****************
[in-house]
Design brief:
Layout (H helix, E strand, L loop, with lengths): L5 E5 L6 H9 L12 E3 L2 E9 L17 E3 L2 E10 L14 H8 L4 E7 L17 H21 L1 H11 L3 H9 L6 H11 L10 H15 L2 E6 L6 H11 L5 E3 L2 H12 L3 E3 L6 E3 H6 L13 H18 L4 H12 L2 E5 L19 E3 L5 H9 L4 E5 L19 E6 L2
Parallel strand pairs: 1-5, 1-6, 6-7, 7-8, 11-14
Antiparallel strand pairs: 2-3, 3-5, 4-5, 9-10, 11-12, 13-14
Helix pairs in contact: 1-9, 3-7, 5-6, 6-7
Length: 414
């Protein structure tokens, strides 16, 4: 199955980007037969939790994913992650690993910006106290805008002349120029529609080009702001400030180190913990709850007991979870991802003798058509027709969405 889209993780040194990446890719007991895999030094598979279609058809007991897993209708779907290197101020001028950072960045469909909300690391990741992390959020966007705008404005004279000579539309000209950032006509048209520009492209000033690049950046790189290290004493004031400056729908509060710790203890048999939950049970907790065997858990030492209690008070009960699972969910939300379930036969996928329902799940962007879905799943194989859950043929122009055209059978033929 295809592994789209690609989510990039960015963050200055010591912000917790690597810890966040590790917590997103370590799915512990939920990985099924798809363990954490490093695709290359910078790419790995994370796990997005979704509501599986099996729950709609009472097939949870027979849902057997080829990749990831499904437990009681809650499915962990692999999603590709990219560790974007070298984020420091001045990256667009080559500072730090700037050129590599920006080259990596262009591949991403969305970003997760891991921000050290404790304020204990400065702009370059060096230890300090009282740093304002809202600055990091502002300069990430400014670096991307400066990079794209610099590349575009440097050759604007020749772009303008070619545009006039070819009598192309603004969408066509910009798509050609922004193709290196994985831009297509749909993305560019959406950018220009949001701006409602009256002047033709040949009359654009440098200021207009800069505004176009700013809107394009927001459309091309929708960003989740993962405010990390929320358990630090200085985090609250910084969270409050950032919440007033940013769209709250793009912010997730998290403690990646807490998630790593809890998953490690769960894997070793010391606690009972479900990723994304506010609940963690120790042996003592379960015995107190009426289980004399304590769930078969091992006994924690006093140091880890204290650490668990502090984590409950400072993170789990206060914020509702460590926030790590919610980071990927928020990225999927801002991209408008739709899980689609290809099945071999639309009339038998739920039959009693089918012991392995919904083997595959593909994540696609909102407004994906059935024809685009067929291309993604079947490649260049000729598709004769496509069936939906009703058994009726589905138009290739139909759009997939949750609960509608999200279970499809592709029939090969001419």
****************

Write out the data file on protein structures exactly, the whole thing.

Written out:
[in-house]
Design brief:
Layout (H helix, E strand, L loop, with lengths): L5 E5 L6 H9 L12 E3 L2 E9 L17 E3 L2 E10 L14 H8 L4 E7 L17 H21 L1 H11 L3 H9 L6 H11 L10 H15 L2 E6 L6 H11 L5 E3 L2 H12 L3 E3 L6 E3 H6 L13 H18 L4 H12 L2 E5 L19 E3 L5 H9 L4 E5 L19 E6 L2
Parallel strand pairs: 1-5, 1-6, 6-7, 7-8, 11-14
Antiparallel strand pairs: 2-3, 3-5, 4-5, 9-10, 11-12, 13-14
Helix pairs in contact: 1-9, 3-7, 5-6, 6-7
Length: 414
């Protein structure tokens, strides 16, 4: 199955980007037969939790994913992650690993910006106290805008002349120029529609080009702001400030180190913990709850007991979870991802003798058509027709969405 889209993780040194990446890719007991895999030094598979279609058809007991897993209708779907290197101020001028950072960045469909909300690391990741992390959020966007705008404005004279000579539309000209950032006509048209520009492209000033690049950046790189290290004493004031400056729908509060710790203890048999939950049970907790065997858990030492209690008070009960699972969910939300379930036969996928329902799940962007879905799943194989859950043929122009055209059978033929 295809592994789209690609989510990039960015963050200055010591912000917790690597810890966040590790917590997103370590799915512990939920990985099924798809363990954490490093695709290359910078790419790995994370796990997005979704509501599986099996729950709609009472097939949870027979849902057997080829990749990831499904437990009681809650499915962990692999999603590709990219560790974007070298984020420091001045990256667009080559500072730090700037050129590599920006080259990596262009591949991403969305970003997760891991921000050290404790304020204990400065702009370059060096230890300090009282740093304002809202600055990091502002300069990430400014670096991307400066990079794209610099590349575009440097050759604007020749772009303008070619545009006039070819009598192309603004969408066509910009798509050609922004193709290196994985831009297509749909993305560019959406950018220009949001701006409602009256002047033709040949009359654009440098200021207009800069505004176009700013809107394009927001459309091309929708960003989740993962405010990390929320358990630090200085985090609250910084969270409050950032919440007033940013769209709250793009912010997730998290403690990646807490998630790593809890998953490690769960894997070793010391606690009972479900990723994304506010609940963690120790042996003592379960015995107190009426289980004399304590769930078969091992006994924690006093140091880890204290650490668990502090984590409950400072993170789990206060914020509702460590926030790590919610980071990927928020990225999927801002991209408008739709899980689609290809099945071999639309009339038998739920039959009693089918012991392995919904083997595959593909994540696609909102407004994906059935024809685009067929291309993604079947490649260049000729598709004769496509069936939906009703058994009726589905138009290739139909759009997939949750609960509608999200279970499809592709029939090969001419």